President Donald Trump’s nomination of Judge Neil Gorsuch to the Supreme Court has sparked a battle in Washington. It shouldn’t.
Gorsuch would occupy a post in the highest court in the land, one that was left vacant by the death a year ago of conservative Supreme Court Justice Antonin Scalia.
Shamefully, former President Barack Obama’s attempts to fill the coveted position with his nominee were thwarted on Capitol hill by the Republican majority. However, let it be known that Congress begrudgingly had approved two of Obama’s previous more liberal leaning nominees for the Supreme Court: Elena Kagan and Sonia Sotomayor.
Now, Obama’s successor, Trump, should have better luck with his high court nominee. Gorsuch has the perfect credentials for the position: he studied at prestigious Harvard and Columbia universities; he has clerked for two Supreme Court justices, and has been a federal judge for many years, plus he hails from the West Coats, unlike all the other justices. Trump made a fine selection.
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As is to be expected, Gorsuch is a conservative, but not an ideological one; he is a constitutional conservative, translated that means a judge well-aware of the role of judges.
As a magistrate, he bases his decisions on the letter of the Constitution without taking into account the positions of the moment in the conservative landscape. Under those guidelines, he could even at some point rule against President Trump’s decisions.
Across the board, those who know him have spoken up in favor of his temperament, knowledge of the law and commitment to judicial independence. He is unlikely to ignore judicial principles to favor the president who appointed him.
In many ways, Gorsuch is the right person to fill the post that Scalia left empty. He is just as conservative as Scalia, and in fact, felt so much connection with the late magistrate that he said he cried when he learned of his death.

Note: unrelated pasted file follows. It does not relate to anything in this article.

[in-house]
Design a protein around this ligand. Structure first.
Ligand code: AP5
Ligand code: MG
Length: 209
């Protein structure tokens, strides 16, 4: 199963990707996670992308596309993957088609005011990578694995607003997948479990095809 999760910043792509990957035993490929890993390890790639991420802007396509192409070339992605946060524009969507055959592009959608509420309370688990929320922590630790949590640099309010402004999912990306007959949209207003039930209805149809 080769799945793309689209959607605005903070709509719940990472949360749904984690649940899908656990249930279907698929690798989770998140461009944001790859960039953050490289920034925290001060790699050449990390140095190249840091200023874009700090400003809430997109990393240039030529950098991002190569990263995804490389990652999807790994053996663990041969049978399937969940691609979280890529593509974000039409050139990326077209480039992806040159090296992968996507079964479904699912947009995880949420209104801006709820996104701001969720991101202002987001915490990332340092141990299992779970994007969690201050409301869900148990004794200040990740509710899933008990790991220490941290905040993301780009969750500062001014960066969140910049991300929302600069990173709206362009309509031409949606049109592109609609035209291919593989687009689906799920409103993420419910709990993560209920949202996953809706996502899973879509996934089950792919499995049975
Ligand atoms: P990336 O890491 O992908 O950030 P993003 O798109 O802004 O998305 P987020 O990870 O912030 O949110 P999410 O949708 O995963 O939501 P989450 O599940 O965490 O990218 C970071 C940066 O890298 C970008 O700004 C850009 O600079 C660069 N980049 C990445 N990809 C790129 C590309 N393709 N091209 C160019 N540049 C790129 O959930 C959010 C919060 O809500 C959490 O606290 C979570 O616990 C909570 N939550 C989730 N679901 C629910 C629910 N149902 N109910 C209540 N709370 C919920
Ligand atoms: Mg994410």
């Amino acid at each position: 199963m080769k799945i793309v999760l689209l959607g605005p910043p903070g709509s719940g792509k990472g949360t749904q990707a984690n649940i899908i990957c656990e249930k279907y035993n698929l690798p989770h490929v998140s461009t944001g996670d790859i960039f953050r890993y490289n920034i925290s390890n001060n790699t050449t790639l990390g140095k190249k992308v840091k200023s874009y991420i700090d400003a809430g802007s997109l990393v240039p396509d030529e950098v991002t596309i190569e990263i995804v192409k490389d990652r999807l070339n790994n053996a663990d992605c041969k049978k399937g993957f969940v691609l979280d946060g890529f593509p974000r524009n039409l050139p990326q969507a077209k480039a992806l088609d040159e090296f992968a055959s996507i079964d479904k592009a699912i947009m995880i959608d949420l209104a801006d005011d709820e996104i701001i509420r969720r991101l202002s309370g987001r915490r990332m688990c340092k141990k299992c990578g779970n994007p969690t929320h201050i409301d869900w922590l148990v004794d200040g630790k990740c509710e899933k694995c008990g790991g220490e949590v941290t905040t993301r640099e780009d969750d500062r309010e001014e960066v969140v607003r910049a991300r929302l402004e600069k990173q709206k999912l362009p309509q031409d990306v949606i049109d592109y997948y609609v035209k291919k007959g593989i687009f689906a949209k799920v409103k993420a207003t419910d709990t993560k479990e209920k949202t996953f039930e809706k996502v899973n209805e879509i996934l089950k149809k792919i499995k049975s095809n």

This identification with Scalia recrudes the battle that the liberals have already already launched against the appointment of Gorsuch. Democrats are expected to vote against the nominee, likely with the dilatory maneuver of a filibuster. They shouldn’t.
However, the GOP majority in the Senate allows for the defeat with ease of any attempts to obstruct the appointment of Gorsuch.
The replacement of one conservative by another leaves the Supreme Court with the same balance it had when when Scalia passed away.
In the spirit of picking your fights, Democrats should not block Gorsuch and save their energies and political influence for the next battle, which will probably occur with the naming of the next justice in the near future. There are three judges in the high court with a suitable age for retirement: Ruth Bader Ginsburg, 83; Anthony Kennedy, 80, and Stephen Breyer, 78.
The withdrawal of any of them could decisively alter the balance of power and ideology in the Supreme Court. That is the battle for which the Democrats must prepare if the withdrawal of one of these magistrates occurs under the Trump government.
But at this point, bringing out the heavy artillery against the appointment of Gorsuch, a judge who has been characterized for his judicial independence, is counterproductive. Democrats must remember the words of Sun Tzu: “Those who know when to fight and when not to win will triumph.”